James Wise

How can cognitive load theory be applied to the teaching of history?

James Wise Cardiff High School Wednesday 14 November 2018

As a follower of a variety of educational blogs and their Twitter accounts, I became aware of a large number of people talking about the development of cognitive load theory and the impact it could have for teaching. When Dylan Wiliam tweeted (@dylanwiliam), ‘I’ve come to the conclusion that Sweller’s Cognitive Load Theory is the single most important thing for teachers to know’, I decided to read about this further to see if it could be applied to the teaching of history.

Initial reading began with an article addressing why pupils make ‘silly’ mistakes in class (Ashman, 2015) and a chapter on cognitive load theory (Sweller, 2016). From this reading, I distilled the following.

  • Our working memory is very limited: we can generally hold around four-to-seven pieces of information at once.
  • Our working memory is what we use when learning new knowledge or completing tasks such as evaluating a source.
  • It easy to overburden our working memory by trying to learn a lot of information at once and apply that information. This is cognitive overload.

Our long term memory, however, is infinite.

  • When factual knowledge is stored in long-term memory, it allows for ‘chunking’. For example, rather than store the letters EMYROM as six individual letters, we could store it as one chunk – MEMORY.
  • When learning new knowledge, we relate the new information to information we already know. We retrieve this from our long-term memory and place it in our working memory.
  • If knowledge is secure in long-term memory, then we retrieve a ‘chunk’ of knowledge. For example, we’d retrieve the word ‘memory’ rather than the six letters that make it up. This frees up valuable working memory, as those six letters are recalled as one ‘chunk’.
  • Therefore, the more we can secure in long-term memory, the more we can ‘bring to mind’ in ‘chunks’ for our working memory to relate to.

My enquiry focussed on applying this theory to the teaching of a year 11 class. Through the course of teaching, I was aware that two topics with a very linear narrative – ‘Hitler’s rise to power’ and ‘Developments in the Middle East’ – were proving difficult for pupils to explain in terms of the causes of certain events, and to find links between events. In essence, they couldn’t analyse what they couldn’t remember. This then led me to question how we can best store knowledge in long-term memory, while being able to retrieve it quickly when needed.

Through various blogs and tweets, I came across learningscientists.org, a resource produced by a group of cognitive scientists. From here, I became aware of the difference between ‘storage strength’ – how well knowledge is stored in long-term memory – and ‘retrieval strength’, how quickly that knowledge can be brought to working memory. They advocate that the best way to ensure both high storage strength and high retrieval strength is through what they term, ‘retrieval practice’ and ‘spaced practice’ (Sumeracki et al, 2018). Retrieval practice is the process of bringing previous information to mind, whereas spaced practice is the process of regularly revisiting previous learning over time. Low-stakes testing in various forms was suggested as a means of achieving these things.

‘I developed two strategies that would facilitate retrieval and spaced practice: ‘knowledge organisers’ and ‘mini-mind-map’ activities.’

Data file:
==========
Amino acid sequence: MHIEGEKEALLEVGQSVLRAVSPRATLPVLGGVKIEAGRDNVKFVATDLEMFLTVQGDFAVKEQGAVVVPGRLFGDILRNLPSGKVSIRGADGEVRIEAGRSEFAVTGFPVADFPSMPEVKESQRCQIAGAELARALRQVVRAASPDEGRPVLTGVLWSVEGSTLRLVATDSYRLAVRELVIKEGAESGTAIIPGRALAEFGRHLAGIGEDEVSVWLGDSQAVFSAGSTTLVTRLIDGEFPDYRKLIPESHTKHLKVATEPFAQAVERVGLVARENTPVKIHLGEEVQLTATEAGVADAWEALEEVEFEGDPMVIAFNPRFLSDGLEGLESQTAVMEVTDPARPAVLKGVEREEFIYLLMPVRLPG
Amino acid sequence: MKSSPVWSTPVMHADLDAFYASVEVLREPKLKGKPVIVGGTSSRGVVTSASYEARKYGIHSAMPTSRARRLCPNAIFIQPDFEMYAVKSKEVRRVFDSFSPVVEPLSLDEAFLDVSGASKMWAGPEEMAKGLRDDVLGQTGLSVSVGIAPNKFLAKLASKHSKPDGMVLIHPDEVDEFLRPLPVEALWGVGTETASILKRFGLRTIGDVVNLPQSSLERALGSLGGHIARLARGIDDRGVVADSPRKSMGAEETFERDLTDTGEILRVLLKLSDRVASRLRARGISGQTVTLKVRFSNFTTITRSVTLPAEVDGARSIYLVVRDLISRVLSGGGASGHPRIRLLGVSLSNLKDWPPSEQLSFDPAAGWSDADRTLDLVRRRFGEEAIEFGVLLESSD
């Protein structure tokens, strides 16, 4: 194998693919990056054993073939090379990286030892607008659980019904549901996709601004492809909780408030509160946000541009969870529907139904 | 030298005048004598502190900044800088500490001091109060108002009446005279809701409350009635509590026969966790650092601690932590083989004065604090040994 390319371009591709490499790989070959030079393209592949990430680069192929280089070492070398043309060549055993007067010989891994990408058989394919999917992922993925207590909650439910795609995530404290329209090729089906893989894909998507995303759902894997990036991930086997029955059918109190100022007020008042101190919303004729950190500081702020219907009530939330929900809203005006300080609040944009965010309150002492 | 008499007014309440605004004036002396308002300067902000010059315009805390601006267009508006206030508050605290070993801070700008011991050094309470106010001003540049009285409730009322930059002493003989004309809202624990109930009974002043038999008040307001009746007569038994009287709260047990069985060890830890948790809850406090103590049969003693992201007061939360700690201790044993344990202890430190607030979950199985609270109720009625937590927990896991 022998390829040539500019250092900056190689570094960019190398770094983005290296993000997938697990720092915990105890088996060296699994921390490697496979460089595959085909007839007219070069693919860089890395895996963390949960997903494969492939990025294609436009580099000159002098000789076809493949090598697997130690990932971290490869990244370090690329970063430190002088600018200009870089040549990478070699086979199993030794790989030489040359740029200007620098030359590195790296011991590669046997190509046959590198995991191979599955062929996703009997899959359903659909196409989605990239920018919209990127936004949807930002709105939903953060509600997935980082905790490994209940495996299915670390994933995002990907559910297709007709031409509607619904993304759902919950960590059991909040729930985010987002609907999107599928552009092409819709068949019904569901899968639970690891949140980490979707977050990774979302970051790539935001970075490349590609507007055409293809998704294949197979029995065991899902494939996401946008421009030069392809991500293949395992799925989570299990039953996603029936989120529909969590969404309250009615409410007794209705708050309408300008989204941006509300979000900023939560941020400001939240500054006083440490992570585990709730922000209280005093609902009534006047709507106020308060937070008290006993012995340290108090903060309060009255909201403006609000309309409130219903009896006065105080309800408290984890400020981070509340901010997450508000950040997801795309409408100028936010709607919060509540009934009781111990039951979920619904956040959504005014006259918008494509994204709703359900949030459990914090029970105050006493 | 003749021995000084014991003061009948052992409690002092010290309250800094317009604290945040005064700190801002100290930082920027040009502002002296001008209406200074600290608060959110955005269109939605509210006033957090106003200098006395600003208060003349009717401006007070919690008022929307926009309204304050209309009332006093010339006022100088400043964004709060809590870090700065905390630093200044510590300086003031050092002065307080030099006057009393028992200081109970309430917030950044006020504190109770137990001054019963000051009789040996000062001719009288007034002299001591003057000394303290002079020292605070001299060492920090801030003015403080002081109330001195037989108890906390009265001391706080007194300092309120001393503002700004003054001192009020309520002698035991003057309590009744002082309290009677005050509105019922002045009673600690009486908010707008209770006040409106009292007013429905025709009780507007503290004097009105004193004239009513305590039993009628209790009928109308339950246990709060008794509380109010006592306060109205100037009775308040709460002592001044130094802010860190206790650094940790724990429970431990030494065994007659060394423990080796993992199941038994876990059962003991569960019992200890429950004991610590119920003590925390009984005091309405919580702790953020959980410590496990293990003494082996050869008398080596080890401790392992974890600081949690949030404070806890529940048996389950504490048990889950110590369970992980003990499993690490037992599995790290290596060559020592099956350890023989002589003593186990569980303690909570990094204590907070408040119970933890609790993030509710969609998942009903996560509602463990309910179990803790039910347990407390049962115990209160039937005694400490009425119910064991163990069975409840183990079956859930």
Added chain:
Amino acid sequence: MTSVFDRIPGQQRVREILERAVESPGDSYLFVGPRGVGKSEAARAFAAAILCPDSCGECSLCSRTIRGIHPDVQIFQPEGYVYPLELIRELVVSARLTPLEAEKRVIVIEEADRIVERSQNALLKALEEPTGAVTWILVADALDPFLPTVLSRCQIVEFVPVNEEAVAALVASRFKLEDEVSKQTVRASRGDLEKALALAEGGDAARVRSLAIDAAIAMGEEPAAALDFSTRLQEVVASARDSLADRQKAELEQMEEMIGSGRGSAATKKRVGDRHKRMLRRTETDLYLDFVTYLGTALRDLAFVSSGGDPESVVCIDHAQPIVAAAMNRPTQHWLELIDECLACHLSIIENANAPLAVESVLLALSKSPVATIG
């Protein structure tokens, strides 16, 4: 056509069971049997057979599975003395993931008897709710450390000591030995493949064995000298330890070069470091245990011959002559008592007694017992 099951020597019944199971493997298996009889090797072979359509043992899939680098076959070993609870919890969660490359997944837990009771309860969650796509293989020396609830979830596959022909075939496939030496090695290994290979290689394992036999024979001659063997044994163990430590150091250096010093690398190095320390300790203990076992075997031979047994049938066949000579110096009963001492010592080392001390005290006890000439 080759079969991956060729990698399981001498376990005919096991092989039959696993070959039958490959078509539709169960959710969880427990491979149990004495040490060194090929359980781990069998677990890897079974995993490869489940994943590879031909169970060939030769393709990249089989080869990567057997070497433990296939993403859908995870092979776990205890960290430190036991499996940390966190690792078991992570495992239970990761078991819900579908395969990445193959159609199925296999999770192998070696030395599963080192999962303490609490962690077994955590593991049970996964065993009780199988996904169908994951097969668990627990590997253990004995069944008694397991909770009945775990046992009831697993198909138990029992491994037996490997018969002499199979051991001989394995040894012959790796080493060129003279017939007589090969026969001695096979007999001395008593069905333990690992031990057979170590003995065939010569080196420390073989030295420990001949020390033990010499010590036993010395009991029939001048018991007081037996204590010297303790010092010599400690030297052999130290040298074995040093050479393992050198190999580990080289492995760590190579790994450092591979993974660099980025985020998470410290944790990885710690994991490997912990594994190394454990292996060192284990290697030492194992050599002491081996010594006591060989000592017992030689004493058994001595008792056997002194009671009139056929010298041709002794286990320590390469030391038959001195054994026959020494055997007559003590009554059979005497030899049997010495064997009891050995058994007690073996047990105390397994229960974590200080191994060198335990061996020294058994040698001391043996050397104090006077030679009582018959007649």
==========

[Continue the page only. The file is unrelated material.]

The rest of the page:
Based on this, I developed two strategies for the department that would facilitate retrieval and spaced practice: ‘knowledge organisers’, a series of fact-based questions with answers, split into key topic areas; and ‘mini-mind-map’ activities, which involved pupils annotating around a collection of key terms, events and dates from memory. These resources were used as low-stakes tests and classroom activities, ensuring pupils were engaging in retrieval and spaced practice regularly.

Through discussion as a department, it was felt that pupils not only engaged with and enjoyed these activities, but that the impact on their retention and recall of factual knowledge had improved. Results from the low-stakes tests appeared to back this up. Pupil voice forum feedback was also very positive, with pupils noting an improvement in their ability to undertake new learning as well as an improvement in analysis and evaluation of what they had previously learned.

Through undertaking this process, I’ve become increasingly aware of the importance of long-term memory when learning something new: we learn new knowledge by applying it in some way to existing knowledge. Moreover, existing knowledge is crucial for more evaluative or critical thought. Techniques such as ‘retrieval’ and ‘spaced practice’ allow for the transfer of knowledge from short-term to long-term memory. Not only does this free up working memory, but it also allows that secure knowledge to aid new learning.


References

Ashman, G. (2015). Why Students Make Silly Mistakes in Class (and what can be done). Retrieved from: https://theconversation.com/why-students-make-silly-mistakes-in-class-and-what-can-be-done-48826

Sumeracki, M., Weinstein, W., Nebel, C., Kuepper-Tetzel, C. & Kaminske, A. (2018). Home. Retrieved from: https://www.learningscientists.org

Sweller, J. (2016). Story of a Research Program. In S. Tobias, J. D. Fletcher & D. C. Berliner (eds.), Acquired Wisdom Series. Education Review, 23. http://dx.doi.org/10.14507/er.v23.2025


James Wise has been teacher for over 10 years and has held the roles of curriculum leader for both history and sociology at Cardiff High School. James’ current role is pedagogical leader with responsibility for whole-school development of learning and teaching, with particular focus on ‘closing the gap’ and establishing a ‘learning organisation’ culture. His twitter handle is @MrWiseCHS.